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  • I won't listen without having you having eaten the apple.

  • I won't listen without having you ate the apple.

Are these sentences grammatically correct? Or is it rather awkward that the below having-you part should be completely revised? Having eaten and**ate* are supposed to mean completed speech.

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    Perhaps you can explain more about the sense you want to get across.
    – tgdavies
    Mar 2, 2021 at 6:29

1 Answer 1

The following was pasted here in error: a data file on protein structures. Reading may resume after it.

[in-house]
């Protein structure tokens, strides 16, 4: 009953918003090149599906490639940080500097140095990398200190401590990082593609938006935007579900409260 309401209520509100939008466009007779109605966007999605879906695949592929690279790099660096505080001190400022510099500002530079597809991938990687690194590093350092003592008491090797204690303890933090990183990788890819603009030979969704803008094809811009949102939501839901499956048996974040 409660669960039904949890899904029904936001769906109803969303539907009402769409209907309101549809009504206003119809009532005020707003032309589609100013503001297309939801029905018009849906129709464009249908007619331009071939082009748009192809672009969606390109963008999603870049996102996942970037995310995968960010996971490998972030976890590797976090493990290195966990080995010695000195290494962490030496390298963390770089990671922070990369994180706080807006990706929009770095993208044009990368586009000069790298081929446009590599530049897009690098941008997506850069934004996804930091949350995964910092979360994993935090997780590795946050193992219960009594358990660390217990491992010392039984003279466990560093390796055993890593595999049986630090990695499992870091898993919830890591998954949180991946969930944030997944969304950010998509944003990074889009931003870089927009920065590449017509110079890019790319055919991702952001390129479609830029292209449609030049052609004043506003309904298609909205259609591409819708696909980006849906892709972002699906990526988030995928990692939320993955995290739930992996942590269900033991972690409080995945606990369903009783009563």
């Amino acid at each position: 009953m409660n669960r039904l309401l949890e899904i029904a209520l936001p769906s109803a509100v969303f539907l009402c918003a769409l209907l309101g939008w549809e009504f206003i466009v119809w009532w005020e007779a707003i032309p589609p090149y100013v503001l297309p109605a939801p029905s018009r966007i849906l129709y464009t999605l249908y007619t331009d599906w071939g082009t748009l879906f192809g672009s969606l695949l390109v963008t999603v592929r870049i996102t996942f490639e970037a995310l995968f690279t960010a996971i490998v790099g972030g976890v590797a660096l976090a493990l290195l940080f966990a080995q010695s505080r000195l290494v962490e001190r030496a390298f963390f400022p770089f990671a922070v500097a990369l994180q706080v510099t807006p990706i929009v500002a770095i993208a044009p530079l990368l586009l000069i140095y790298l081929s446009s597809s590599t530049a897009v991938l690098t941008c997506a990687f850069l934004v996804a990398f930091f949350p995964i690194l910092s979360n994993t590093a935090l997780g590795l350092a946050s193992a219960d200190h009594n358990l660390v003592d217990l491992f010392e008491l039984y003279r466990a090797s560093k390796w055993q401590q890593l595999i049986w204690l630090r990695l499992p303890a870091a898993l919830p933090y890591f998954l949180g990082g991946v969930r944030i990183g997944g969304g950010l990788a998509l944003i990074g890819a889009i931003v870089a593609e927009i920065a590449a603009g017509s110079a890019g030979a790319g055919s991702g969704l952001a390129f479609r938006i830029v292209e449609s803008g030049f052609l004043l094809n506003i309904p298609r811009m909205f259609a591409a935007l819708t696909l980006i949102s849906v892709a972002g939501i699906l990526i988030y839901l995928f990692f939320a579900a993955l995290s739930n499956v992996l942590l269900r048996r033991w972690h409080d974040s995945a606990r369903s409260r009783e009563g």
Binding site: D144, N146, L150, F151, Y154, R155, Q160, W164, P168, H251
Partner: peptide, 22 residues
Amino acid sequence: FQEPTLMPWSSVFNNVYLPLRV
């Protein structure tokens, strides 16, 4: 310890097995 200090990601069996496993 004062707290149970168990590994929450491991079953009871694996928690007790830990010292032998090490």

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"I won't listen until you have eaten the apple" or "I won't listen unless you eat the apple" would be the natural ways of putting this in English. You could also say "I won't listen without having you eat the apple", but that sounds less natural, and also means that the listening would start while the apple was being eaten, not when it has been eaten

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